Look at the Ertiga go!

I once knew this rather vain snail who asked his Suzuki dealer to decal a large “S” on his new car’s bonnet, as well as the roof and two doors, so that, as he drove by, everyone would turn and say: “Wowzers! Look at that S car go [escargot]!”

ERTIGA: The bigger-bodied, new-generation Suzuki Ertiga – with more power-is now well set to take on the best of its South African MPV opposition

But Suzuki’s new, Ertiga is no “snail-bad-cold with a crash helmet”. Just look at the big, bold “S-for-Suzuki” emblem on its grille.

Happily, this second generation of Suzuki’s multi-purpose vehicle (MPV) has been revitalised with a bigger capacity and more powerful engine and is longer, wider, taller than before, allowing for a bounty of additional interior space.

It’s MPV credentials are now emphatically confirmed as it takes on the opposition in this hotly contested class of vehicle. Also, it’s now a real “mom’s taxi”.

Added practicality comes to the seven-seater Ertiga, with the stretching of its length by 130mm to 4,395mm, widening it by 40mm and lifting its roof by 5mm. This translates to lots more space for occupants in all three rows of seats.

Suzuki believes a true seven-seater must comfortably accommodate adult passengers even in the third row of seats. It has accomplished this with a deep floor, more hip space and larger shoulder room.

Further comfort comes from a new seat design that is more supportive, while driver and front seat occupant enjoy vastly more shoulder room, so do, to a lesser extent, the rest of the five passengers.

The front passenger seat folds flat, as do the 60/40 second and 50/50 third row of seats, making for a massive flat load area of some 2,820 litres.

With the seats up, and all passengers aboard, the luggage compartment is 199 litres in size, with a load floor that can adjust to two different heights. With the seats down, the load area is more hard-wearing than before thanks to metal plates in all the folding seatbacks.

Entering and leaving such MPVs is normally a bit of a nightmare, but the Suzuki design allows for the middle row of seats to tilt and slide further forward for good access to the rear seats.
You can also lock the middle row in differing configurations, by as much as 140mm from front to rear for maximum rear legroom.

Well thought-out, but all this arranging of the “deck chairs” sounded awfully taxi- and bus-like to me.

To drive, you find this not so, as in spite of the Ertiga’s bigger dimensions, the wheelbase remains the same, thereby retaining its manoeuvrability, particularly with the short, 5.2m metres turning circle.

In spite of the big people-carrying capacity, even when fully laden, the Ertiga is one of the few MPVs that gives the driver the impression you are in command of a normal saloon and not a small bus.

With the new Suzuki 1.5-litre engine replacing the 1.4 unit, you sense the Ertiga now has all the energy you will need for a practical, rather than a performance vehicle – even when seven-up.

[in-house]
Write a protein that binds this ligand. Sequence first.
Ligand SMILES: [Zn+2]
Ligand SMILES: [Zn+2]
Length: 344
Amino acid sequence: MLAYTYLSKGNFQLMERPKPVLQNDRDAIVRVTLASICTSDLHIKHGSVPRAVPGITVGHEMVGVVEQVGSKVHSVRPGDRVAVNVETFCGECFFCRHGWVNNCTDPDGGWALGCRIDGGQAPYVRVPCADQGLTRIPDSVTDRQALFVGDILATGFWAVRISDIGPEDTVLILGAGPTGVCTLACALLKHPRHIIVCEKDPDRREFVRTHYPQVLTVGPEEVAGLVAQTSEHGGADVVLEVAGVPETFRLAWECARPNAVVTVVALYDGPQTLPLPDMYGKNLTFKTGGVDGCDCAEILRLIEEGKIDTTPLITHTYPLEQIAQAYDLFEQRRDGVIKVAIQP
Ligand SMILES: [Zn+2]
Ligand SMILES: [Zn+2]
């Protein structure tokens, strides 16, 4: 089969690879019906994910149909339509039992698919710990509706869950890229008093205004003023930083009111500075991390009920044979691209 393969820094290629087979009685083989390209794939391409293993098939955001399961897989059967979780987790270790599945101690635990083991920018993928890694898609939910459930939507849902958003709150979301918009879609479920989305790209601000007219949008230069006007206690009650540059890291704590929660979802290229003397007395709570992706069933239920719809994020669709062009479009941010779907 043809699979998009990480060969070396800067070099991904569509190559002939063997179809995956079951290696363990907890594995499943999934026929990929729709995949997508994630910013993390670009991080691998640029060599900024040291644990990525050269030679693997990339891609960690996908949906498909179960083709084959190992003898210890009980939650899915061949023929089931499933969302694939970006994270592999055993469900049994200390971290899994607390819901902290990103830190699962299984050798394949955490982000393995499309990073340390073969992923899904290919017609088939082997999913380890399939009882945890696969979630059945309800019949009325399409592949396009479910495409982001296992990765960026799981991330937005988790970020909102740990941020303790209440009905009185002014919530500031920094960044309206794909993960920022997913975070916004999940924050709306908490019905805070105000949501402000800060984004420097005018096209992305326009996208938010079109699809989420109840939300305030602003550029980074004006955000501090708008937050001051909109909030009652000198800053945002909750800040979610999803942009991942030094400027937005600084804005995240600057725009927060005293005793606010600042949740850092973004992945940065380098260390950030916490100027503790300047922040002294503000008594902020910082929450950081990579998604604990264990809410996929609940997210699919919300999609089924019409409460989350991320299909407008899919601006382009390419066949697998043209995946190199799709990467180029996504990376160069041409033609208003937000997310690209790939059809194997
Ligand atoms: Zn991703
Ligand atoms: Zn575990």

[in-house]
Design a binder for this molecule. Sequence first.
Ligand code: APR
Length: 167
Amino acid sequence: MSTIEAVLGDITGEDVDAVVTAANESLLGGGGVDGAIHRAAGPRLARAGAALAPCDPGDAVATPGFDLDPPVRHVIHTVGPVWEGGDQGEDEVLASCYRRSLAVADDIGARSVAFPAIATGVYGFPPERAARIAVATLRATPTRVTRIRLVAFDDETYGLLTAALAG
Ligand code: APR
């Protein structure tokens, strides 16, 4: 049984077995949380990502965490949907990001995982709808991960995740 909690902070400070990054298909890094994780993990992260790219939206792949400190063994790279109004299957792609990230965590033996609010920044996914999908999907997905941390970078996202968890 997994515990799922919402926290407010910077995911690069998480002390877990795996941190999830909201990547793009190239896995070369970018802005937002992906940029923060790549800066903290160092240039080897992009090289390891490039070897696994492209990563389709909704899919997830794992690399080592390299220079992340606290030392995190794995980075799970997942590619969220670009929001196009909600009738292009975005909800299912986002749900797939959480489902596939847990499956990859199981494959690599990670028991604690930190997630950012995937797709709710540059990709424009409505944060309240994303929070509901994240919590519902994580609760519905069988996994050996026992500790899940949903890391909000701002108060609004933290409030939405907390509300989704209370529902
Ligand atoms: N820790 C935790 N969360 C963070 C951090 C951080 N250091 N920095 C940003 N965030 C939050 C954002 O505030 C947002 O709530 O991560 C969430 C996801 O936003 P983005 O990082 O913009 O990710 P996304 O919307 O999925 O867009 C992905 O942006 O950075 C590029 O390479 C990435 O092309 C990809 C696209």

There is 77kW at 6,000r/min and 138Nm of torque at 4,000r/min from the 1.4cc fuel-injected, variable valve timing motor, allowing the desirable flat torque curve for when this MPV is under load.

The new engine is mated to a manual, five-speed gearbox or four-speed automatic transmission, with new shift knobs that are more comfortable to grip and operate. Top speed is 175km/h with no load up.

You can expect a fuel consumption of 6.6l/100km under average driving conditions.

Beside being noticeably bigger from the outside, this MPV has now been given a more imposing front design with a large, upright grille bracketed by large new headlights in clear housings and individually packaged driving and high beam lights. The lower air intake is significantly larger.

From the tail end, the rear lights reach towards the roof and contain combination LED brake and reversing/fog lights. An integrated high-level brake light in the boot door is also new.

It would have been nice to have had aluminium wheels on the GL models, instead of the steel ‘n plastic wheel covers offered all round. Suppose it’s all a matter of keeping the price low…

The driver has a new instrument cluster with USB and Bluetooth connectivity, ahead of a ‘D’-shaped steering wheel for ease of driver entry and exit. There is also a sensible money bin for notes and coins and a special mobile ‘phones tray to store connected or charging ‘phones.

Being ostensibly a multi-people carrier, Suzuki has added two air-conditioned cup holders up front with a 12-volt charging socket. A second charging socket is located behind the front seats for the middle row of passengers. I liked the roof-mounted second air-conditioning unit for improved air flow to rear passengers.

The three versions of Ertigas come with a 200,000km/five-year mechanical warranty and a four-year/60 000km service plan

The base model Ertiga 1.5 GA costs R214,900, The GL, R239,900, and the automatic GL, R254,900.

-Doug Kemsley


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